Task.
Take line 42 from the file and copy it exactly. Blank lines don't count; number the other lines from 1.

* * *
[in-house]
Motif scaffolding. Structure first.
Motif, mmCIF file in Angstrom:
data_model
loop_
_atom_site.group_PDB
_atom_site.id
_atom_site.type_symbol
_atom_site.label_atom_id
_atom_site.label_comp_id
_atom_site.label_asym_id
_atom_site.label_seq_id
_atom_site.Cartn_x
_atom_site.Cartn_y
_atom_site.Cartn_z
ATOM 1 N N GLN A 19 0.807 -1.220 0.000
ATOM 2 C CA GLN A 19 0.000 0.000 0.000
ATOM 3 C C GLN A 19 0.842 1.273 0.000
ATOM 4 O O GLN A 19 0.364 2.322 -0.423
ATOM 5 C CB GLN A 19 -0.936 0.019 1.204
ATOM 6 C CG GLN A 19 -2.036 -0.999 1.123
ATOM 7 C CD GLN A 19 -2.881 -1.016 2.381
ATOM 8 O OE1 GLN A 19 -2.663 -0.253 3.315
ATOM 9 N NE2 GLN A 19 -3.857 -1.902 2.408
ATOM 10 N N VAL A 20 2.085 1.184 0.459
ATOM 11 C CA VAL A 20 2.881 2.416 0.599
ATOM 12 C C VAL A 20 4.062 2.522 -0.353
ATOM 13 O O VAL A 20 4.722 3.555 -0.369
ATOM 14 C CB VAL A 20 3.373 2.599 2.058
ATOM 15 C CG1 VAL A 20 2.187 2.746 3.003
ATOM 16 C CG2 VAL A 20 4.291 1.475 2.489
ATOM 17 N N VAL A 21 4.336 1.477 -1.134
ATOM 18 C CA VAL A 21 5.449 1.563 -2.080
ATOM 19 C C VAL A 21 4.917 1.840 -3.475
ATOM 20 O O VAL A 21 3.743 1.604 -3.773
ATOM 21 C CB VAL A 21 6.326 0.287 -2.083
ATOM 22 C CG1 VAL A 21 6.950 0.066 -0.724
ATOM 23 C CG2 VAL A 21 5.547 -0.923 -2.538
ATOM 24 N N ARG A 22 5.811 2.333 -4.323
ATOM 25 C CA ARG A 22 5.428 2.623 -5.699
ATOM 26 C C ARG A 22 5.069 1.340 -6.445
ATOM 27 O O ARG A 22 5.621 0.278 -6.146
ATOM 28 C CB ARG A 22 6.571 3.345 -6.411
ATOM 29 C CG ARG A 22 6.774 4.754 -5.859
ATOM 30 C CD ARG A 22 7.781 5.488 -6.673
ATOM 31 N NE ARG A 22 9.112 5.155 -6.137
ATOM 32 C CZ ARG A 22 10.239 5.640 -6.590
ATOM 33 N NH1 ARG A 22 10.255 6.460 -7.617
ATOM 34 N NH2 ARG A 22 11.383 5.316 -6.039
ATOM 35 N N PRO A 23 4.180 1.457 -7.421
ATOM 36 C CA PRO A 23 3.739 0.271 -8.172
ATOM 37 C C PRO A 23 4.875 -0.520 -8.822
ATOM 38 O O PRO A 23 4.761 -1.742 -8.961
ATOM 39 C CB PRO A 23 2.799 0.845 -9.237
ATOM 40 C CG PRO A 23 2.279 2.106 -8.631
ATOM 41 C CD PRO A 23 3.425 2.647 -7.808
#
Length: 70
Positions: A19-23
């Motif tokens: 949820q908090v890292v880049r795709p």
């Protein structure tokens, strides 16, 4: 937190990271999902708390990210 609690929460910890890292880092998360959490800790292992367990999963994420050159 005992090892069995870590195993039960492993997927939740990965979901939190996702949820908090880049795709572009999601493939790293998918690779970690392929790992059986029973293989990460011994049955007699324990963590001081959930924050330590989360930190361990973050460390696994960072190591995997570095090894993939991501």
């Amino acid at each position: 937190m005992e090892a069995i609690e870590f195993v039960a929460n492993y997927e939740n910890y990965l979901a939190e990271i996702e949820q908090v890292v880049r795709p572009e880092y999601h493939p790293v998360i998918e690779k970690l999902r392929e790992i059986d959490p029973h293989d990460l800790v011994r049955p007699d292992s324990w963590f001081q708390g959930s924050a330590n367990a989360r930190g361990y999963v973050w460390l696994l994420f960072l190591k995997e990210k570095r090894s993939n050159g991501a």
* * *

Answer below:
ATOM 27 O O ARG A 22 5.621 0.278 -6.146